As if to give lifeline to mono economies – dependent on oil commodity, the World Bank said on Tuesday that it has raised its oil price forecast for this year up from the previous level of $37 per barrel to a new height of $41.

The World Bank said crude oil market had rebounded to $40 a barrel in April due to production cuts in major oil producing countries like Iraq and Nigeria. It also based the situation on decline in non-Organization of the Petroleum Exporting Countries (OPEC) production, mainly U.S. shale, reports say. Official data showed that oil was sold for between $43 and $44 per barrel at the international market Tuesday.

According to the World Bank, the review of the forecast was necessitated by improving market indices and a weakening dollar. Saying, Commodity Markets Outlook, in an oversupplied markets, is expected to recede in the near future.“We expect slightly higher prices for energy commodities over the course of the year as markets rebalance after a period of oversupply,” according to senior economist and lead author of the Commodities Markets Outlook, John Baffes. He however said “Still, energy prices could fall further if OPEC increases production significantly and non-OPEC production does not fall as fast as expected.”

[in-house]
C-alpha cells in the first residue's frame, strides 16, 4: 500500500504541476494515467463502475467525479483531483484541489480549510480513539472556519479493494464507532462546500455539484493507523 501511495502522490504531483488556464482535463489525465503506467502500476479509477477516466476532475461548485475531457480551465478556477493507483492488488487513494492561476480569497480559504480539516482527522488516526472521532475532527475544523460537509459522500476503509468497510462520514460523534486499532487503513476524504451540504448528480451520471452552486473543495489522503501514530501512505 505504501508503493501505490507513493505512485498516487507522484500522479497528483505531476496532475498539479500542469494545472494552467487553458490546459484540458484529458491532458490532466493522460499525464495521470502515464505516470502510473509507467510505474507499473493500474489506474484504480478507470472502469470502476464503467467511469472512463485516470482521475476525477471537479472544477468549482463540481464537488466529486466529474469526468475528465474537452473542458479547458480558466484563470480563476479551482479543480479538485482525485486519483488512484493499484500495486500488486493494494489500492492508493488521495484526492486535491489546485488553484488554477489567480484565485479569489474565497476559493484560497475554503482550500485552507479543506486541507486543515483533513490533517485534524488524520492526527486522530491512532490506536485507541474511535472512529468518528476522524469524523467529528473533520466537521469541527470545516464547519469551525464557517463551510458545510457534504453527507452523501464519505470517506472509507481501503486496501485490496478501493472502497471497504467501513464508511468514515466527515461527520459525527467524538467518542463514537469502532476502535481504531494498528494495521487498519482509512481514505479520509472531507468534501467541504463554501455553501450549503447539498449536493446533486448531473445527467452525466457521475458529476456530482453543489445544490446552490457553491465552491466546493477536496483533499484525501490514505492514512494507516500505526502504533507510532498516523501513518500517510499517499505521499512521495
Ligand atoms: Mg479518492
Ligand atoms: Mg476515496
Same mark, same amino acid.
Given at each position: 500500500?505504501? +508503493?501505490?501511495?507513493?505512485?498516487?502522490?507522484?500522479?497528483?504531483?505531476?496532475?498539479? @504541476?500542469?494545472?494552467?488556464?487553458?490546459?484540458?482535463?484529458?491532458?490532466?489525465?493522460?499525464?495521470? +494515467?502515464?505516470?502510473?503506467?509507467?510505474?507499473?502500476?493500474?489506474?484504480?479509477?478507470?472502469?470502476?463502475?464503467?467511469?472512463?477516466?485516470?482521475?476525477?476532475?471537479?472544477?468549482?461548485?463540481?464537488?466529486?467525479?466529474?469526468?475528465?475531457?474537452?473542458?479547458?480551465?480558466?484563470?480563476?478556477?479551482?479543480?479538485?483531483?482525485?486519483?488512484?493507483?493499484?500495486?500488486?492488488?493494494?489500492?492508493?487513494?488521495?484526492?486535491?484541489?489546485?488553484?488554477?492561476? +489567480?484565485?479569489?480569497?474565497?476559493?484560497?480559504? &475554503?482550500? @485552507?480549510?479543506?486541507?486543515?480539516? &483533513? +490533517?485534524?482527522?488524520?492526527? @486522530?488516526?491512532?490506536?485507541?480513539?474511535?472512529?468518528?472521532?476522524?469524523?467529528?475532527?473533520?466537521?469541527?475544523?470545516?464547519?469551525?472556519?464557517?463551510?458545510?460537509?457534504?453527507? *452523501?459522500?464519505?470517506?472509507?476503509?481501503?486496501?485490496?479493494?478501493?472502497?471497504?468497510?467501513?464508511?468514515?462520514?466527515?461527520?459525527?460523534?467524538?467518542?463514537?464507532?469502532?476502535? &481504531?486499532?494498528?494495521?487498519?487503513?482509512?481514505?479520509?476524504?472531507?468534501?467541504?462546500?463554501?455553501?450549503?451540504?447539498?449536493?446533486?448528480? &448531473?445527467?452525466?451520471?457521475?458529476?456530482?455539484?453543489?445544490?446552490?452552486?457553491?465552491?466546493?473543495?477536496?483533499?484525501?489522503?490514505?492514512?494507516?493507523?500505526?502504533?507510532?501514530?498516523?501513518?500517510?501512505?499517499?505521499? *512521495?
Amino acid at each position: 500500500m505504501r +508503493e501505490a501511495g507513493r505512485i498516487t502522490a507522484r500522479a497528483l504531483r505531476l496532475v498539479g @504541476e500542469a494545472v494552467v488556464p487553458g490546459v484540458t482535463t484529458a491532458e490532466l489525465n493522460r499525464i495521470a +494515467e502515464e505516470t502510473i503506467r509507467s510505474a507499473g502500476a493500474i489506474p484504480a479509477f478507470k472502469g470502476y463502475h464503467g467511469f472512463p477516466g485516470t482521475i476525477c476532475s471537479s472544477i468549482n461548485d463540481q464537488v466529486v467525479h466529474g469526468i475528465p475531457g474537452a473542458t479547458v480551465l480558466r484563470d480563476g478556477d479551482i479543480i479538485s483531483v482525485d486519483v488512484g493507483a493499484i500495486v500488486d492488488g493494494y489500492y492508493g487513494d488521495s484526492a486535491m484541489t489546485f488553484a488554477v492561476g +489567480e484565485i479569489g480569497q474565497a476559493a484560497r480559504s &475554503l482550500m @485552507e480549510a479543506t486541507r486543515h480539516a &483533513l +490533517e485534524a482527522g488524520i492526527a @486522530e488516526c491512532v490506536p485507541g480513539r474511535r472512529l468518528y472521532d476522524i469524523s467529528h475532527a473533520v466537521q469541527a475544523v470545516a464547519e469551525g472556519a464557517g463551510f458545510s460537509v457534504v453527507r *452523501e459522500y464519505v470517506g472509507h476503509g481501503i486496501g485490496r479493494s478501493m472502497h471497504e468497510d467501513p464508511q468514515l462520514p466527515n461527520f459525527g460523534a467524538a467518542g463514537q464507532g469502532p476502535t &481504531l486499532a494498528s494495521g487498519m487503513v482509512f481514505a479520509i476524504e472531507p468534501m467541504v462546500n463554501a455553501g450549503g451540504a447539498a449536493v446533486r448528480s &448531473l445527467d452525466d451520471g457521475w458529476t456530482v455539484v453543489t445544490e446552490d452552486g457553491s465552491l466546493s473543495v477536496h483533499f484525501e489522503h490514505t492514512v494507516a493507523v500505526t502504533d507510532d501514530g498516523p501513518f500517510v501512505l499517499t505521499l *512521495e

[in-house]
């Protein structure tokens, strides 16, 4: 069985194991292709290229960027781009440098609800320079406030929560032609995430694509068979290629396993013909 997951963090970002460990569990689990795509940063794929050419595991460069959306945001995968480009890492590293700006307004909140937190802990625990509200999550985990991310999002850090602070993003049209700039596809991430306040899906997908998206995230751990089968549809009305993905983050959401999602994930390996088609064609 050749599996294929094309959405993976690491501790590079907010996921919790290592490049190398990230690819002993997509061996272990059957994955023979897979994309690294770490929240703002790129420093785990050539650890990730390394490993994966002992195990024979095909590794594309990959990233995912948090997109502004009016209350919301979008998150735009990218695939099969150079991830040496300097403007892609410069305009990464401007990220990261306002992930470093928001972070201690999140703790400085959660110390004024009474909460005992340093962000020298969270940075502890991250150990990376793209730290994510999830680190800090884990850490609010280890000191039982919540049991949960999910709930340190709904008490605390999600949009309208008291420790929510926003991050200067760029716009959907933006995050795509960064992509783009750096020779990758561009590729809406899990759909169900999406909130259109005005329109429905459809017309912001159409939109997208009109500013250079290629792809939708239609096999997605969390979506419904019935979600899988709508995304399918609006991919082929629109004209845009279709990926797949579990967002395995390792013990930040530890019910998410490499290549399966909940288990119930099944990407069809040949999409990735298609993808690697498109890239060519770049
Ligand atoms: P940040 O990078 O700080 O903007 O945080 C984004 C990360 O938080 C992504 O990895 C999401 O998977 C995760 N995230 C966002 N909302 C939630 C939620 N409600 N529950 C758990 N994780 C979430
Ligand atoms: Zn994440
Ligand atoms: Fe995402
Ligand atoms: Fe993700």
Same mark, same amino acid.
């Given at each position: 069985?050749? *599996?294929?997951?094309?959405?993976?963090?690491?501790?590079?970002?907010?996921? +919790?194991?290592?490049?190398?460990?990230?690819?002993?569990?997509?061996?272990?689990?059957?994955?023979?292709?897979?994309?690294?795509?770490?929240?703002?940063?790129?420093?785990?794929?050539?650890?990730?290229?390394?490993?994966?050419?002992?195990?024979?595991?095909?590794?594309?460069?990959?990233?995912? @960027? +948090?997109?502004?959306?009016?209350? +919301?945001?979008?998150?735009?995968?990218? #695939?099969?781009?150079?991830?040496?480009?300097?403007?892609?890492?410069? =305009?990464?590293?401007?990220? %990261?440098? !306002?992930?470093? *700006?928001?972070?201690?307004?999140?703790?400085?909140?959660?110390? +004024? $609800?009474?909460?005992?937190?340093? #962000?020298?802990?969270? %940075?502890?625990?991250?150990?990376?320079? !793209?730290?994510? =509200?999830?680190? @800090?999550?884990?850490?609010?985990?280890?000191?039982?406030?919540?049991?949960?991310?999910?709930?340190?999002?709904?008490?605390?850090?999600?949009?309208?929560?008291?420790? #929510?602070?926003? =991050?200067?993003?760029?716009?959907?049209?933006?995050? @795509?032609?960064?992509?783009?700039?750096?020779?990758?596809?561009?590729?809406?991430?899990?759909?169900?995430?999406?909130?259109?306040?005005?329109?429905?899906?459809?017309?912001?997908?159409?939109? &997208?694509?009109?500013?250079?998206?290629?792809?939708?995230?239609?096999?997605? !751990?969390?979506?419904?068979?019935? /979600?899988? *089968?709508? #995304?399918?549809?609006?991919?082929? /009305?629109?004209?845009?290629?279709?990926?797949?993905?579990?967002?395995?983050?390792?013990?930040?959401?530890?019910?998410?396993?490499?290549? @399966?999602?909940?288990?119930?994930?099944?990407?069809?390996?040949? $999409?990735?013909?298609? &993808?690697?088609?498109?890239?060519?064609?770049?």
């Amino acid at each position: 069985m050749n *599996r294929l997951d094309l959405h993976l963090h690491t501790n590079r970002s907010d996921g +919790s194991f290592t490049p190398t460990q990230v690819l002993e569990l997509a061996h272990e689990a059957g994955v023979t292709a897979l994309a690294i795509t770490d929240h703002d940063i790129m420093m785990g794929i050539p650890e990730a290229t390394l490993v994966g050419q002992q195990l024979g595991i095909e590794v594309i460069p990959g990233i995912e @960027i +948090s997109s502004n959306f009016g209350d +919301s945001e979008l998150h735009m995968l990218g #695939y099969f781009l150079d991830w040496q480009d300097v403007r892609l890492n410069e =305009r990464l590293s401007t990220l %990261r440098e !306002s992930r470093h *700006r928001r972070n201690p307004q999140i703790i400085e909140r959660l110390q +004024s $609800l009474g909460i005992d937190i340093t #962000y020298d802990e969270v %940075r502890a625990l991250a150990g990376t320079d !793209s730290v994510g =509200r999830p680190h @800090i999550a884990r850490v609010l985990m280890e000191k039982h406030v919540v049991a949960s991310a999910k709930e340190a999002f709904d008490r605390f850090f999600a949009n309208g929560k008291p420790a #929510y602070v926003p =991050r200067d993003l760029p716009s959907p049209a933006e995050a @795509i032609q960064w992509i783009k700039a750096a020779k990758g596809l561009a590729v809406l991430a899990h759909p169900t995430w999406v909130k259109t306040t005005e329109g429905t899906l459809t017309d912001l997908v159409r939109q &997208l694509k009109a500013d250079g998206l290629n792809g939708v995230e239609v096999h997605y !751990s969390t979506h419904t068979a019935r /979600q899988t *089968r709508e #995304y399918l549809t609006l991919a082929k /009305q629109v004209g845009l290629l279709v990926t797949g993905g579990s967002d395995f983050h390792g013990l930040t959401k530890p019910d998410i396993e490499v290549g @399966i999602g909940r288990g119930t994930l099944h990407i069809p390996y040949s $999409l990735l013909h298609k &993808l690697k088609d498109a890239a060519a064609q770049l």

The World Bank officials who made the disclosure during a visit to the federal ministry of finance yesterday, averred that energy prices, including oil, natural gas and coal, would most likely fall by 19.3% in 2016 from the previous year, a more gradual drop than the 24.7% slide forecast in January.

70% of Nigeria’s revenue is generated through oil commodities. The nation’s economy has been on the brink of recession between last year and now when oil prices took a downward plunge to as low as $25 per barrel.

Ogie Omelegie
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